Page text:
Triple Net Lease Form- Why Would You Sign One?

A “net” is an expense related to the lease. A “triple net” lease will refer to the three “nets” of commercial real estate leasing- real estate taxes, property insurance, and common area maintenance, or CAM (sometimes referred to as OpEx, or operating expenses). The triple net lease form is not a completely hands-off experience for Landlord, and it’s not owning the property in all but name for Tenant, either. Both parties must negotiate the triple net lease form carefully to set expectations, and downloading and signing a triple net lease form that isn’t tailored to your situation can create disastrous results.

Attraction of a Triple Net Lease Form

The triple net lease form (or NNN lease form) is attractive to Landlord- it’s guaranteed rental income while Tenant pays the NNN expenses.  It’s attractive to Tenant, too- a long-term lease, lower rent and flexibility with the building, since there’s no capital investment to purchase the land.

It Can Get a Little Tricky

A triple net lease is easier if there is a single tenant occupying an entire building.  If Landlord has multiple tenants and shared facilities or common areas, then the accounting and applicability gets more involved.  Tenant should contribute Tenant’s Proportionate Share of the NNN expenses to Landlord, and Landlord is responsible for using that money to make the payments for the insurance, tax, and operating expenses. Tenant’s Proportionate Share is based on how much space is occupied in relation to the property as a whole.

When you’re negotiating your triple net lease form (or, rather, you’re working with your professional team to protect your interests and mitigate your risk), focus on these three triple net expenses and how each party will approach them in negotiations:

Insurance

Tenant pays for all or a portion of the insurance cost on Landlord’s property. Negotiate this section carefully:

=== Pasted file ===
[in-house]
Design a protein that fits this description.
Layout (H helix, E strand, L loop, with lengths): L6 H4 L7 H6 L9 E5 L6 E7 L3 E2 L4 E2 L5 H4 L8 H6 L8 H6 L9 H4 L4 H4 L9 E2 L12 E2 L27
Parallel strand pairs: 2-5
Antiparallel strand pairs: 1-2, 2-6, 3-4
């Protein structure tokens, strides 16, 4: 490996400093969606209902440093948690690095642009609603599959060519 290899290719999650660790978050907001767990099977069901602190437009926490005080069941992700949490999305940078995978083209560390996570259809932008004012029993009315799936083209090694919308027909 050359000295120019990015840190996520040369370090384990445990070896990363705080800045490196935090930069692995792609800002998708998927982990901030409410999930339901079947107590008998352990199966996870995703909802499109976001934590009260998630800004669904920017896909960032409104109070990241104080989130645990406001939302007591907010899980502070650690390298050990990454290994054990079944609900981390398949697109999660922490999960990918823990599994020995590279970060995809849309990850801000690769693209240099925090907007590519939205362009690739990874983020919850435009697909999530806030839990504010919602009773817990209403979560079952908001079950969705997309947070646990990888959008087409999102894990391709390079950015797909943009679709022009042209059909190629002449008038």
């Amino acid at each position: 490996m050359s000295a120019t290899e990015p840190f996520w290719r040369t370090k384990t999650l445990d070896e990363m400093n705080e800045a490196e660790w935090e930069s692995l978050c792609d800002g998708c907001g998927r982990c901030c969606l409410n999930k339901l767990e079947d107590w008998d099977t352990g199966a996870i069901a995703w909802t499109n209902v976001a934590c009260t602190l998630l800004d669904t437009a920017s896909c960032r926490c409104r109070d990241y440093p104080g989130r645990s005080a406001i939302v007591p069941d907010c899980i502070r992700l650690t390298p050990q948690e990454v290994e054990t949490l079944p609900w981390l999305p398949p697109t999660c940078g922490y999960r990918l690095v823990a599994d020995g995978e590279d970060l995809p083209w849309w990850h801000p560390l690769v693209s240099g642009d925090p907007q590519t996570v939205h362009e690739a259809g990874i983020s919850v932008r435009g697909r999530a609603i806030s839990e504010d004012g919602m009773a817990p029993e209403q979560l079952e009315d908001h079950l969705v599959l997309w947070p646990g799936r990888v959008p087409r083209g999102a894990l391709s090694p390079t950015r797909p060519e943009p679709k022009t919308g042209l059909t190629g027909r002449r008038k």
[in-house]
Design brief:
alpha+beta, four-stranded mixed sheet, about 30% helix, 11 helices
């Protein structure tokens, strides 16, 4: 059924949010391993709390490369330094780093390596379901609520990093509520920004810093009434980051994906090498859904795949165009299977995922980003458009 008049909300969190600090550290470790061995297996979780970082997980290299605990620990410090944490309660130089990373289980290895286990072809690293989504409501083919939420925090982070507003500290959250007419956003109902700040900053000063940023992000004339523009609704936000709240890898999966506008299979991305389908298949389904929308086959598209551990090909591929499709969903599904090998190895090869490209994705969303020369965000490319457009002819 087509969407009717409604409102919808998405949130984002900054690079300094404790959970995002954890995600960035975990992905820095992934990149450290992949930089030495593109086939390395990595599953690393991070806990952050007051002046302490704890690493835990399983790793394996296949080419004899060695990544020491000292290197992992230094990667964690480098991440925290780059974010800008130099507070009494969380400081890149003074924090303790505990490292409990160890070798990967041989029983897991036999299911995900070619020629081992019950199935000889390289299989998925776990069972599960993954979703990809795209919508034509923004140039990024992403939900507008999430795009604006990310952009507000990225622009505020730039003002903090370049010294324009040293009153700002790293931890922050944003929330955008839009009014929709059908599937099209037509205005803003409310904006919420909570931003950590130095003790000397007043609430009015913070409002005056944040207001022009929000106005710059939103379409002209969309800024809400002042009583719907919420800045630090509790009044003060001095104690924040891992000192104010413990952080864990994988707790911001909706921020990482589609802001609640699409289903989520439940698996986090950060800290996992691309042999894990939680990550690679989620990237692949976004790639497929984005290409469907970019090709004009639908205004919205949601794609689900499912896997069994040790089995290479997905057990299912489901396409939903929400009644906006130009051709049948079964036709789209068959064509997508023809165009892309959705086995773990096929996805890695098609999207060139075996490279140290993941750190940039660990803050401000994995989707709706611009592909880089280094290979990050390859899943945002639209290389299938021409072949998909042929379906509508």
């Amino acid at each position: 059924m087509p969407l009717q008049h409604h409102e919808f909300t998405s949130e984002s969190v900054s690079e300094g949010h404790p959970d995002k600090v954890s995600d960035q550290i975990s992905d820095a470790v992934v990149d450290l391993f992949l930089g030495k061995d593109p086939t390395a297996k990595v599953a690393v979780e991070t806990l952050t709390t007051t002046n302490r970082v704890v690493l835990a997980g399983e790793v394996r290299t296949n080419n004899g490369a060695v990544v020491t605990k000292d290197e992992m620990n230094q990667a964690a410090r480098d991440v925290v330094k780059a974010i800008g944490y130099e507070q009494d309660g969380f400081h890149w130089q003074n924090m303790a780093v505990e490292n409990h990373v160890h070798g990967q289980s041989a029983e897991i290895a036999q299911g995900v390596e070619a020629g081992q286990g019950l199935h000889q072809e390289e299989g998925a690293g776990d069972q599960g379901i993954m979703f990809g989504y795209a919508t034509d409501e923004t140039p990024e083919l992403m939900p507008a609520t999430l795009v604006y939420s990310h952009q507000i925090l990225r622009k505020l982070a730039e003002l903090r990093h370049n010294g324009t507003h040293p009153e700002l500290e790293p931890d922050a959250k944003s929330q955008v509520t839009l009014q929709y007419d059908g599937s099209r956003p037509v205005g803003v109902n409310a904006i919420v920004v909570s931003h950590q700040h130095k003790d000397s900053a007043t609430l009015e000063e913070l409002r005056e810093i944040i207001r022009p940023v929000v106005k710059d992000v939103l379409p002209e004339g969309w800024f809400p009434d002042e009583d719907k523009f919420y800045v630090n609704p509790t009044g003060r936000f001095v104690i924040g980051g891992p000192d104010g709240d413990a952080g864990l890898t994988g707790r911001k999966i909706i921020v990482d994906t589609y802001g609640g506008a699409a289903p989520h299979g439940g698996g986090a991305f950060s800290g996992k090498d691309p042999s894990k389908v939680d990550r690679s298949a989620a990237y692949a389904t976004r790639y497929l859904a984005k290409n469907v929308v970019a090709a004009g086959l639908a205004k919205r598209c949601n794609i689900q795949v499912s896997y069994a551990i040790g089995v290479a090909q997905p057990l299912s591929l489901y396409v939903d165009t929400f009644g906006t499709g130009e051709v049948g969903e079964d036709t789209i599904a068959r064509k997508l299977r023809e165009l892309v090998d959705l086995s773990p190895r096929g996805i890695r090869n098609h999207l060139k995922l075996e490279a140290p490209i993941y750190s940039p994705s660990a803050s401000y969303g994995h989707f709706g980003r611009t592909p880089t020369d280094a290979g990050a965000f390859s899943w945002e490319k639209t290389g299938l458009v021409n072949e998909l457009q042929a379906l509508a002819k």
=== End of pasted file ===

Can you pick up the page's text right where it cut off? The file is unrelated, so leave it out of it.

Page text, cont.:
• Coverage should be adequate
  • Insurance company should be properly qualified, not just the lease expensive
  • Make sure Landlord is informed of coverage changes/lapses
  • Tenant should have to report/file a claim with a claimworthy event occurs

If Tenant doesn’t meet the insurance requirements, Landlord can default Tenant under the lease, but meanwhile, and pursue remedies that way, but meanwhile, there’s damage and no money to fix it. Also, if Tenant violates the insurance (like arson), then there’s no coverage, even if Landlord is listed as additional insured.

CAM/OpEx

This section should be highly negotiated in your triple net lease form, especially if this is a multi-tenant location.  Be very specific about what expenses are included, and excluded, from CAM or OpEx. Negotiation tip: watch for capital expenditures, insurance charges as part of CAM if already paid as a separate charge, and maintenance contract requirements.

Landlord should be very clear on the maintenance requirements and quality of work that Tenant is responsible during the Lease term.

Taxes

Who can protest the tax bill?  If no one protests it, and taxes increase more than those of comparable properties, Tenant is stuck with a higher bill, and Landlord may have difficulty finding a new tenant at the end of the lease term.

A triple net lease form involves a lot of negotiation and understanding the long-term consequence of those negotiations. Getting a form online won’t provided the customized solution necessary in this complex Landlord-Tenant relationship.  It’s important to have an experienced team in place to guide you through the process of negotiating a triple net lease form.


Disclaimer:

This article does not create an attorney-client relationship. This article is for general education purposes only and is not legal advice. You should consult with a qualified attorney before you rely on this information.

About Jenna Zebrowski

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